I’ve witnessed some horrific abuses of grammar and punctuation over the years and it’s about time someone stood up for these poor little words and symbols that can’t stand up for themselves. With that, I give you the first installment in my campaign to end grammar and punctuation abuse.
I’m officially declaring it’s Apostrophe Awareness Month! Never has a tiny dot with a tail endured so much misuse. With your help, we can make a difference in apostrophe abuse by recognizing some of the worst offenders.
Being Too Possessive
“Free tequila shots before 11pm at Get Drunk Saturday’s inside the city’s hottest nightclub!”
Perhaps you’re trying to save trees by opting against a reprint for your club flyers, but this happens far too often for that excuse. Maybe the real reason is that you really like apostrophe and want to keep him around whenever you can. I can’t blame you — he is pretty cute.
Whatever your reason, please don’t force innocent little apostrophe to attend this party. He may be legal drinking age, he may even like free tequila, but he just can’t support parties that disrespect him by forcing him into inappropriate pluralizations. Next thing he knows, he’ll be waking up beside a semicolon wondering what the hell happened last night. He will gladly accept an invitation to Jager Bomb Wednesdays, however; he likes those.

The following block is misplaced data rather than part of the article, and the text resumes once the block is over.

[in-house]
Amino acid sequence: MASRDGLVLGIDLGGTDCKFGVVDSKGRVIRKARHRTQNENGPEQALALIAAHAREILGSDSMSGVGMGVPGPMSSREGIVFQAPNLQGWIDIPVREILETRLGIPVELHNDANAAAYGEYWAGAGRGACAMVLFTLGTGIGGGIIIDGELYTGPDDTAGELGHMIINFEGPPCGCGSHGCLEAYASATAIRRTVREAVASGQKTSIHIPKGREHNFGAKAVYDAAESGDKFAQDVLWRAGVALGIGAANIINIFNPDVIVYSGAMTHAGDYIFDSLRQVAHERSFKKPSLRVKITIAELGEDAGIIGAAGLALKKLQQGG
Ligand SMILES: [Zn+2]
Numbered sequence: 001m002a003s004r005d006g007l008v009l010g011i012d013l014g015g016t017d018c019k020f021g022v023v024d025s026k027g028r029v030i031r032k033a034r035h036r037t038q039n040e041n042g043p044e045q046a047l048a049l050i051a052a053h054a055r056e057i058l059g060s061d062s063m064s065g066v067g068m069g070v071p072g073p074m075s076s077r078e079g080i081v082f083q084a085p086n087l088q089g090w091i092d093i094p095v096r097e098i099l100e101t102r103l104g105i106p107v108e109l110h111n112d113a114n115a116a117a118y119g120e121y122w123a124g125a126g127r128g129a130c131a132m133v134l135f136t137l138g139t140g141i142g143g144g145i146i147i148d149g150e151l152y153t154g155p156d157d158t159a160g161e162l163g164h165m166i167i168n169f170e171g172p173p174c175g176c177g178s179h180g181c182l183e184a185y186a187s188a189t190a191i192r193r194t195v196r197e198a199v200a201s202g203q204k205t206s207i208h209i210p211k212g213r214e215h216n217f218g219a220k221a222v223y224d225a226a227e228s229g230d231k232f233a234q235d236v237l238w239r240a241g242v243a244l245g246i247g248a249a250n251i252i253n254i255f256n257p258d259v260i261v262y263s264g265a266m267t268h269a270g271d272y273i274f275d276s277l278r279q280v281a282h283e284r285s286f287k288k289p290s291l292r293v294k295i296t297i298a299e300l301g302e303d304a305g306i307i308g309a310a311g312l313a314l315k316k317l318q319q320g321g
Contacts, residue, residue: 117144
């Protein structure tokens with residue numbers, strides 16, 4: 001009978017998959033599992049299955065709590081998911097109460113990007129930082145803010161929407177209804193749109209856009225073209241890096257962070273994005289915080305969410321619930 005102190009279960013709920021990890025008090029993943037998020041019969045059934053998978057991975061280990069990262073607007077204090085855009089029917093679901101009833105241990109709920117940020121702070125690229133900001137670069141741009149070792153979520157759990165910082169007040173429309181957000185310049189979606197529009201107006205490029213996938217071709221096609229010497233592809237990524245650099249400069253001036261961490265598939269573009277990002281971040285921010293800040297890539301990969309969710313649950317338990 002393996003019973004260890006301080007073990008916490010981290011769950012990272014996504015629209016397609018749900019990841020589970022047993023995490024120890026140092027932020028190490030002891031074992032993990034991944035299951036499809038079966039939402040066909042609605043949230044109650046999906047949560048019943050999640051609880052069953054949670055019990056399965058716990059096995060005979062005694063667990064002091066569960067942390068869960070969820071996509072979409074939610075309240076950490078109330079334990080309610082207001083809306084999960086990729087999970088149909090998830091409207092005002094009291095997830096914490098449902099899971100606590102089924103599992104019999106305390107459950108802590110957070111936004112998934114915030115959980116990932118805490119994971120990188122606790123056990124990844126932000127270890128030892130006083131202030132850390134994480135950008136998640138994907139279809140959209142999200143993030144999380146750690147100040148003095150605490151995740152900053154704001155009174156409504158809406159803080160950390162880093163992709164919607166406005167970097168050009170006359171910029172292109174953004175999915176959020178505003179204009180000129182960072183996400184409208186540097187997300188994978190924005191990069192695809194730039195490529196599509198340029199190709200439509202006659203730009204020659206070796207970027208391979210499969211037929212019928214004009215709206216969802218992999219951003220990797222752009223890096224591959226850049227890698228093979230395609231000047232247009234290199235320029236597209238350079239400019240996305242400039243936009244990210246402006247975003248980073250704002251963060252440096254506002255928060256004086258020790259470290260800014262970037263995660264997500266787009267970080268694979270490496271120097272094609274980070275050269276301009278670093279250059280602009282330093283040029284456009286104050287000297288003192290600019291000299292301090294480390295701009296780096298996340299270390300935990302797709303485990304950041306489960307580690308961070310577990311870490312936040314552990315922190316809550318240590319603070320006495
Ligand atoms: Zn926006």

“Why are you’re rules so confusing?!”
Much like common grammar abuses such as the ‘their’/’they’re’/’there’ plague that confuses people regularly, when an apostrophe is thrown in the mix, people seem to get even more confused.
Apostrophe doesn’t mean to make things difficult for you. In fact, he wants to help you communicate to the best of your ability whenever he can. Please understand that he needs to rest. Don’t use him when he’s not needed. In particular, never use him to combine the words ‘you’ and ‘are’ when what you really meant was ‘your’.
Making an A** of You and Me
“Punctuation’s unpredictability is part of it’s charm.”
Sometimes we make understandable assumptions regarding correct apostrophe use. In this case, one would think that his use at the end of this sentence is correct, considering the way he’s applied in the first part of the sentence. Wrong!
In punctuation, as in life, it’s dangerous to make assumptions. The apostrophe is special like a snowflake, and he refuses to be susceptible to logical rules, much like the English language. As such, he reserves the right to have special rules for his use, and for people to respect them.
Once you remember this one special rule, you’re on your way to a fulfilling relationship with apostrophe: something that belongs to someone or something should be referred to as ‘his’, ‘hers’, or ‘its’. The incorrect sentence above improperly used the contraction ‘it’s’, which actually means ‘it is’.
A Question of Whom
“I’ll tell you whose missing an apostrophe!”
At this point, you may be throwing your hands up in frustration, asking ‘Who does this apostrophe think he is?! How many special rules can one piece of punctuation have?!’
Apostrophe promises you, that even though he may be a complex fellow, he’ll always be consistent. For example, when you want to contract the words ‘who’ and ‘is’, he’s always happy to help. In the above sentence, the word ‘whose’ actually means, ‘belonging to whom’ (we’ll get into the who/whom debate later on in the campaign).
The Campaign Continues…
Are you confused by grammar and punctuation rules? Stick around! I’ll be covering more common mistakes as the campaign to end grammar and punctuation abuse continues.
Your punctuation pal,
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